Opinion: St. Paul's Proposed Rent Control Law Would Halt New Development

Rent control is a popular response to the ongoing housing affordability crisis in many parts of the United States, but there is still a chorus of economists and planners who argue that rent control can do more harm than good to housing affordability.

September 24, 2021, 5:00 AM PDT

By James Brasuell @CasualBrasuell


An image of St. Paul, Minnesota and the Mississippi River at nightfall.

Paul Brady Photography / Shutterstock

Bill Lindeke writes for the twin cities sidewalks blog to make the case that the Housing Equity Now Saint Paul (HENS) rent control proposal, which would cap rent increases at 3 percent annually, would stop new housing from being built—a "de facto ban on housing," as it's described here.

Earlier this month, Lindeke reported for the MinnPost that St. Paul voters are faced with the prospect of approving the country's most aggressive rent control policy in the November election. To recap the summary of the HENS proposal provided in that article:

The law would cap rent increases for all of the city’s 65,000 rented homes at 3% per year, but includes a complicated list of factors that allow landlords to apply for a variances — things like property taxes, maintenance issues, capital improvements (only if needed to bring a building to code), and a few others. The process for applying for the variances is yet to be determined. The ordinance exempts only subsidized housing from the caps.

In the blog post for twin cities sidewalks, Lindeke explains that the question that keeps coming up since the MinnPost article is as follows: "Why does a 3% rent cap stop new housing from being built?"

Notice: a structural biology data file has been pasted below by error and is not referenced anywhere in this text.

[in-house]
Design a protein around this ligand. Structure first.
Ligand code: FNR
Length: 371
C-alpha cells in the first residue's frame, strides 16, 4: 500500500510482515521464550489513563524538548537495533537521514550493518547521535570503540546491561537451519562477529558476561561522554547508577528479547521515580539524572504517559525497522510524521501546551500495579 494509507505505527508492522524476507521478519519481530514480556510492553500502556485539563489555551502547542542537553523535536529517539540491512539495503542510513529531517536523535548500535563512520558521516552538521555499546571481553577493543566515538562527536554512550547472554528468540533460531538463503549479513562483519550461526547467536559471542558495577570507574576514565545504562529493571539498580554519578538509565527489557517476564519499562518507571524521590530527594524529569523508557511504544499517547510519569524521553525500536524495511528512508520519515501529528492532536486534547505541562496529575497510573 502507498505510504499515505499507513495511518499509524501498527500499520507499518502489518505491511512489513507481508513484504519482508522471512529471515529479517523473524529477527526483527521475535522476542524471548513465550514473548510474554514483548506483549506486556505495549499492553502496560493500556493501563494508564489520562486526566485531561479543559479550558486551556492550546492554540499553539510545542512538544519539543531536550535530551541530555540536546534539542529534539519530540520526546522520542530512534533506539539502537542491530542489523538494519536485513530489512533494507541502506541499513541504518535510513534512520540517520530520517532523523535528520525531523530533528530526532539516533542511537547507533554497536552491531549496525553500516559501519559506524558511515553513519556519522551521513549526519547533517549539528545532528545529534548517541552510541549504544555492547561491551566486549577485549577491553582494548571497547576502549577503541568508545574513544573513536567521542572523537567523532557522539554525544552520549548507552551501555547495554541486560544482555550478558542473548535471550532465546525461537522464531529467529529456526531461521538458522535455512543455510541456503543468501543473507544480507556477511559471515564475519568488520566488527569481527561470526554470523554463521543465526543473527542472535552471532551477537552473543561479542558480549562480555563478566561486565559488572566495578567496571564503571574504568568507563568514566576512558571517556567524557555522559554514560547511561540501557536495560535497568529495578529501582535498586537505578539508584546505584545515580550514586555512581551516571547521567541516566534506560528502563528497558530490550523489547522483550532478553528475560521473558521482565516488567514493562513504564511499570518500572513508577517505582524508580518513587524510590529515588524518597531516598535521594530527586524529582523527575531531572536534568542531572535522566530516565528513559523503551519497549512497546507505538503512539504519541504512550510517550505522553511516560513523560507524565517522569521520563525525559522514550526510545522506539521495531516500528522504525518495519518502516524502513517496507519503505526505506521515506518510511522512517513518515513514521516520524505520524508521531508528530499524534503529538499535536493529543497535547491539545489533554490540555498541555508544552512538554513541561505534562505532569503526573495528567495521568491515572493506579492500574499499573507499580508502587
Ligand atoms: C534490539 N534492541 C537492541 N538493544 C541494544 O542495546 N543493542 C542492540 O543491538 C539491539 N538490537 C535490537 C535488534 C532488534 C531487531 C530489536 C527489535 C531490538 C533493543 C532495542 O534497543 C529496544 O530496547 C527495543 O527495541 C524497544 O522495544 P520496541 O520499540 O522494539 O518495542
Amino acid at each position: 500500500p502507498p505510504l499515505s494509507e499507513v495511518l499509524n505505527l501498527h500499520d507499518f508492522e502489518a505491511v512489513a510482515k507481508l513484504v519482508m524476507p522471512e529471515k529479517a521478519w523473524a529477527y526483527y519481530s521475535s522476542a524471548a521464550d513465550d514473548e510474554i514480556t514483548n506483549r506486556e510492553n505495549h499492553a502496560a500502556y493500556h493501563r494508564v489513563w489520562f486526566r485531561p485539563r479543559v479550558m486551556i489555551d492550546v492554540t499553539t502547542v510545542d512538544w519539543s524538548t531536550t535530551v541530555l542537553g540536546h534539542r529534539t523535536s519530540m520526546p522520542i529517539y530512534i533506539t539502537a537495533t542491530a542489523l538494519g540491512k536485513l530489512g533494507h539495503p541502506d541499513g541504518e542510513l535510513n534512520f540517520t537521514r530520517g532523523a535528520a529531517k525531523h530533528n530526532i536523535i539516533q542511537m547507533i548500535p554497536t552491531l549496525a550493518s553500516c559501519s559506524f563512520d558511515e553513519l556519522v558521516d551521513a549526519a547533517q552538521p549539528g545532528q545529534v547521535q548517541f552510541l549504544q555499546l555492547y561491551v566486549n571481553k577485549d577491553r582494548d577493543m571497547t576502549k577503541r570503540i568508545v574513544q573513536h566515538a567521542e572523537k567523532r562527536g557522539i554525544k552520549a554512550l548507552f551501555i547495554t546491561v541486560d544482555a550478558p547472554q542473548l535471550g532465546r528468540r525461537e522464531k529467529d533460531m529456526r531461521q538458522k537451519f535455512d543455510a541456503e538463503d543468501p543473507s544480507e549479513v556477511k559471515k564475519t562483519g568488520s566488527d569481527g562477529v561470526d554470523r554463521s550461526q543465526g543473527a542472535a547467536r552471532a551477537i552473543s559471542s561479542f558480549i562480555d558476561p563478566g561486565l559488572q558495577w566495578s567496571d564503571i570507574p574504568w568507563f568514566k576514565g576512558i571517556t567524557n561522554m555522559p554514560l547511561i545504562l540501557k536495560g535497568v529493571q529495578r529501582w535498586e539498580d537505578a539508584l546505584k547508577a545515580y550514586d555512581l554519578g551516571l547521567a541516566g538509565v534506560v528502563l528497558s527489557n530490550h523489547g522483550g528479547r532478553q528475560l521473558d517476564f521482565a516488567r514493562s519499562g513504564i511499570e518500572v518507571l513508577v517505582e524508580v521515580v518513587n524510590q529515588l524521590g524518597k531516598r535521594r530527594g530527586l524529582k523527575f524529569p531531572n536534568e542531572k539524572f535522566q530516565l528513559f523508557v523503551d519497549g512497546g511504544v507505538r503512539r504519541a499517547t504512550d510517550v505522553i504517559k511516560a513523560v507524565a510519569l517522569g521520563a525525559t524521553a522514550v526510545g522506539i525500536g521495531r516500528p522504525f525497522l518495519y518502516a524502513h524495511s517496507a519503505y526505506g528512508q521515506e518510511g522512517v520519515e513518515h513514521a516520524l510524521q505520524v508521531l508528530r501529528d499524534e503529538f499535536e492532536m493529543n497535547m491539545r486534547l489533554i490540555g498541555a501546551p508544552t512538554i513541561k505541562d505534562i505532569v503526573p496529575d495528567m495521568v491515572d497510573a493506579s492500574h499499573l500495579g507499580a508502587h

Lindeke's answer, which you should click through below to read in full, hinges on

  1. The difference between landlords and developers: "3% is usually fine for a landlord but a huge limit for someone leasing out a new building."
  2. Inflation: "If inflation is close to or higher than 3%, you're just plain screwed. Not only can’t you move rents around to fill a building, you're actually forced to lower rents in real dollars." 

The 3 percent cap on rent therefore, according to Lindeke, "greatly increases the risk of loans for new housing construction."  

Monday, September 20, 2021 in twin cities sidewalks

Soldier Field

Phase 1 Revealed for $20 Billion Chicago Megaproject

Plans for One Central, a proposed megadevelopment that would add 22.3 million square feet of buildings to the city of Chicago, are taking shape.

October 19, 2021 - Chicago Tribune

A screengrab of the Caharlotte Future virtual open house.

Top Websites for Urban Planning – 2021

Planetizen's annual list of the best of the urban planning Internet.

October 25, 2021 - James Brasuell

An aerial image of the neighborhood of Buckman in Portland, Oregon.

Homeowner Groups Find an Antidote to Zoning Reforms: National Register Historic Districts

Many neighborhoods are moving to create historic districts on the National Register of Historic Places in response to the growing number of states, cities, and neighborhoods loosening single-family residential zones.

October 22, 2021 - Sightline Institute

Urban Design for Planners 1: Software Tools

This six-course series explores essential urban design concepts using open source software and equips planners with the tools they need to participate fully in the urban design process.

Hand Drawing Master Plans

This course aims to provide an introduction into Urban Design Sketching focused on how to hand draw master plans using a mix of colored markers.